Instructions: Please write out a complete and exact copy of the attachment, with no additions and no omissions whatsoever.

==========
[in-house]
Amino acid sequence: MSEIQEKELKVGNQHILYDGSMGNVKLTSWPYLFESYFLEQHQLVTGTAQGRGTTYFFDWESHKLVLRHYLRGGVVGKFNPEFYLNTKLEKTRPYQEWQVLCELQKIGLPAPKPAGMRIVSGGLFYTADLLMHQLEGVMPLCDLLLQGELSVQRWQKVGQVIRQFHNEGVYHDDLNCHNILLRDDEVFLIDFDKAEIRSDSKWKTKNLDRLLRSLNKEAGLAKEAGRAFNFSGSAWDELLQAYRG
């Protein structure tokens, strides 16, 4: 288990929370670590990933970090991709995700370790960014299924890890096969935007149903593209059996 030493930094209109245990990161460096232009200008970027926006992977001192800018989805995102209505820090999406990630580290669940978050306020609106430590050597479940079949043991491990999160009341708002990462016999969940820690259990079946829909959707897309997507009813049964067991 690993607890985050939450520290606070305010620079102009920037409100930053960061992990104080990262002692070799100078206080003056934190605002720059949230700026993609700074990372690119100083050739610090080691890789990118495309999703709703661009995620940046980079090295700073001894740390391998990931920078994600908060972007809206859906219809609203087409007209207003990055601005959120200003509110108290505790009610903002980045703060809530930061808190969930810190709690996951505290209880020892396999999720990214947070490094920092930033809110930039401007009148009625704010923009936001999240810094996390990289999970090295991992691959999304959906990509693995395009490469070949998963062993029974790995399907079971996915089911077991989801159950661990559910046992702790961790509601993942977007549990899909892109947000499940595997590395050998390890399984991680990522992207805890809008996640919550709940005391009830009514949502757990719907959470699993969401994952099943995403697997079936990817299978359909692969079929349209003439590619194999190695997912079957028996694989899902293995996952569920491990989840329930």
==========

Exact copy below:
[in-house]
Amino acid sequence: MSEIQEKELKVGNQHILYDGSMGNVKLTSWPYLFESYFLEQHQLVTGTAQGRGTTYFFDWESHKLVLRHYLRGGVVGKFNPEFYLNTKLEKTRPYQEWQVLCELQKIGLPAPKPAGMRIVSGGLFYTADLLMHQLEGVMPLCDLLLQGELSVQRWQKVGQVIRQFHNEGVYHDDLNCHNILLRDDEVFLIDFDKAEIRSDSKWKTKNLDRLLRSLNKEAGLAKEAGRAFNFSGSAWDELLQAYRG
């Protein structure tokens, strides 16, 4: 288990929370670590990933970090991709995700370790960014299924890890096969935007149903593209059996 030493930094209109245990990161460096232009200008970027926006992977001192800018989805995102209505820090999406990630580290669940978050306020609106430590050597479940079949043991491990999160009341708002990462016999969940820690259990079946829909959707897309997507009813049964067991 690993607890985050939450520290606070305010620079102009920037409100930053960061992990104080990262002692070799100078206080003056934190605002720059949230700026993609700074990372690119100083050739610090080691890789990118495309999703709703661009995620940046980079090295700073001894740390391998990931920078994600908060972007809206859906219809609203087409007209207003990055601005959120200003509110108290505790009610903002980045703060809530930061808190969930810190709690996951505290209880020892396999999720990214947070490094920092930033809110930039401007009148009625704010923009936001999240810094996390990289999970090295991992691959999304959906990509693995395009490469070949998963062993029974790995399907079971996915089911077991989801159950661990559910046992702790961790509601993942977007549990899909892109947000499940595997590395050998390890399984991680990522992207805890809008996640919550709940005391009830009514949502757990719907959470699993969401994952099943995403697997079936990817299978359909692969079929349209003439590619194999190695997912079957028996694989899902293995996952569920491990989840329930």